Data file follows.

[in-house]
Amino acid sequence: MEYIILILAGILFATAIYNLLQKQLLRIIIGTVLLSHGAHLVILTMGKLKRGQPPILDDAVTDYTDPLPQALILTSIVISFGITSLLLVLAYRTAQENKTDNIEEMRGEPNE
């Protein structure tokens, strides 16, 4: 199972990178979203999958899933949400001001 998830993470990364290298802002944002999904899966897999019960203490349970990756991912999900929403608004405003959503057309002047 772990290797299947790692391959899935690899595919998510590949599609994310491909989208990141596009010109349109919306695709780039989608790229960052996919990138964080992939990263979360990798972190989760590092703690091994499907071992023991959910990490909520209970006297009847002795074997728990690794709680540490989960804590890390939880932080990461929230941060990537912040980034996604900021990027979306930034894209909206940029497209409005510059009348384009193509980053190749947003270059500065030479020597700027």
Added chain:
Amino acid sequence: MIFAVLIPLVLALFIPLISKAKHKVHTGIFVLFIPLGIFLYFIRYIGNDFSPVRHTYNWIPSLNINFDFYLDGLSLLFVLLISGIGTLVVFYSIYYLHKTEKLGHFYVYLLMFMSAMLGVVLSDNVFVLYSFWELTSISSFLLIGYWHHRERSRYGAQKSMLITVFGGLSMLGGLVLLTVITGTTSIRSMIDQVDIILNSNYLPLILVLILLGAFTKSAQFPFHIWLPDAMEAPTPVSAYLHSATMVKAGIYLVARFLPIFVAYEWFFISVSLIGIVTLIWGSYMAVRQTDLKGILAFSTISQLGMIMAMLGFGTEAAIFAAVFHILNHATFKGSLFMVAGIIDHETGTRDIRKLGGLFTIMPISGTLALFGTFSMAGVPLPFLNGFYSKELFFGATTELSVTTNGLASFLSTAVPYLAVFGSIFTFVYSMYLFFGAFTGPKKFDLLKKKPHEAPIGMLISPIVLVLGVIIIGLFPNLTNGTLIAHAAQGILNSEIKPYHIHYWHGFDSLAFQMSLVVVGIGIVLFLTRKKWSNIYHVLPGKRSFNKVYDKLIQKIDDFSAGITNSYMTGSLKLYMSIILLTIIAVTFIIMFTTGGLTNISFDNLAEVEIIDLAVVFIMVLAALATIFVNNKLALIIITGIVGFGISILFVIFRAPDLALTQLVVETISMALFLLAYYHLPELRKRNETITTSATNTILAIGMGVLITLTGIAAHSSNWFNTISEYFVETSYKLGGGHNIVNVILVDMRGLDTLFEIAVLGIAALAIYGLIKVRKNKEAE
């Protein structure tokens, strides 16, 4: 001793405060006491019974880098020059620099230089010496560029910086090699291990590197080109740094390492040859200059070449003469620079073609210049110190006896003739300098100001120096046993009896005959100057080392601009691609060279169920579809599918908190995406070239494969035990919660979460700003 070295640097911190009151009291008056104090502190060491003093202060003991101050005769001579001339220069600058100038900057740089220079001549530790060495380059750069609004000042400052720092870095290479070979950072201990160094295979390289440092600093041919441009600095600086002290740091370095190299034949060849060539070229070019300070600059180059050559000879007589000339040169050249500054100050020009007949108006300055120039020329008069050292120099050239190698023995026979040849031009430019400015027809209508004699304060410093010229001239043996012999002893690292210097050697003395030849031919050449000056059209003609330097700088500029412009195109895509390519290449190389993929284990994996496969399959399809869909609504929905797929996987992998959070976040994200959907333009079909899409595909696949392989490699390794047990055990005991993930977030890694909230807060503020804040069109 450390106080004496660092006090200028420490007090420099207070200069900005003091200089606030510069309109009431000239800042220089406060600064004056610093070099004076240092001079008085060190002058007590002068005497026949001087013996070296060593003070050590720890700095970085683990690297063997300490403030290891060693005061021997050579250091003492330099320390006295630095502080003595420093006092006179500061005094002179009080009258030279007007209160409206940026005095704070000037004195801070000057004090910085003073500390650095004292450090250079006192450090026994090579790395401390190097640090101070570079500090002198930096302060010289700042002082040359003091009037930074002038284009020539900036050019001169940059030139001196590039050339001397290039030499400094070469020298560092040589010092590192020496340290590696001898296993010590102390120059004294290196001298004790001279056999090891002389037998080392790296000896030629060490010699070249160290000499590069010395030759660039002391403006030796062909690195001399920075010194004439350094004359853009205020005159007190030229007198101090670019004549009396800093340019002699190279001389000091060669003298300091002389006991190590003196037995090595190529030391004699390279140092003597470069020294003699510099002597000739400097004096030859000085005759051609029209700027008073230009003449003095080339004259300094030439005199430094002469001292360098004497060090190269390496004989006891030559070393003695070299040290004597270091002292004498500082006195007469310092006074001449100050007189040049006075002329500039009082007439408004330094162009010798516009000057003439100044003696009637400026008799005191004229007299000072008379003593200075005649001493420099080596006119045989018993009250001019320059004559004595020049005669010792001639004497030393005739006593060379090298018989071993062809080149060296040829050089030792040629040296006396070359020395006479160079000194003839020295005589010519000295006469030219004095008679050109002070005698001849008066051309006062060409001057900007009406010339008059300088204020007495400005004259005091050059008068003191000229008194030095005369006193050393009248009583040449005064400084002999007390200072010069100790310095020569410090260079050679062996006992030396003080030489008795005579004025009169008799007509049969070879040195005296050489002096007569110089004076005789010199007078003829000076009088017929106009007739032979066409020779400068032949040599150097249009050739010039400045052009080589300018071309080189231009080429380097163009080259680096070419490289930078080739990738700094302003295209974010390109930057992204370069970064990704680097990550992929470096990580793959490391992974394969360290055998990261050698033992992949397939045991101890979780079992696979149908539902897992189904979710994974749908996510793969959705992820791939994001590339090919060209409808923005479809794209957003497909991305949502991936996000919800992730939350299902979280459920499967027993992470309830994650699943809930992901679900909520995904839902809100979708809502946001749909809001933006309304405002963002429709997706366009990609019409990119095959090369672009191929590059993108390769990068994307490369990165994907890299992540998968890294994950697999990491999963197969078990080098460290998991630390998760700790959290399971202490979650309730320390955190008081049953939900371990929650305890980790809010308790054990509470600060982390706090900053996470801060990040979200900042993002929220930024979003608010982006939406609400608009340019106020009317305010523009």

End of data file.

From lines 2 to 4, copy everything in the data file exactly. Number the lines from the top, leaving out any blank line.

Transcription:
Amino acid sequence: MEYIILILAGILFATAIYNLLQKQLLRIIIGTVLLSHGAHLVILTMGKLKRGQPPILDDAVTDYTDPLPQALILTSIVISFGITSLLLVLAYRTAQENKTDNIEEMRGEPNE
């Protein structure tokens, strides 16, 4: 199972990178979203999958899933949400001001 998830993470990364290298802002944002999904899966897999019960203490349970990756991912999900929403608004405003959503057309002047 772990290797299947790692391959899935690899595919998510590949599609994310491909989208990141596009010109349109919306695709780039989608790229960052996919990138964080992939990263979360990798972190989760590092703690091994499907071992023991959910990490909520209970006297009847002795074997728990690794709680540490989960804590890390939880932080990461929230941060990537912040980034996604900021990027979306930034894209909206940029497209409005510059009348384009193509980053190749947003270059500065030479020597700027």
Added chain: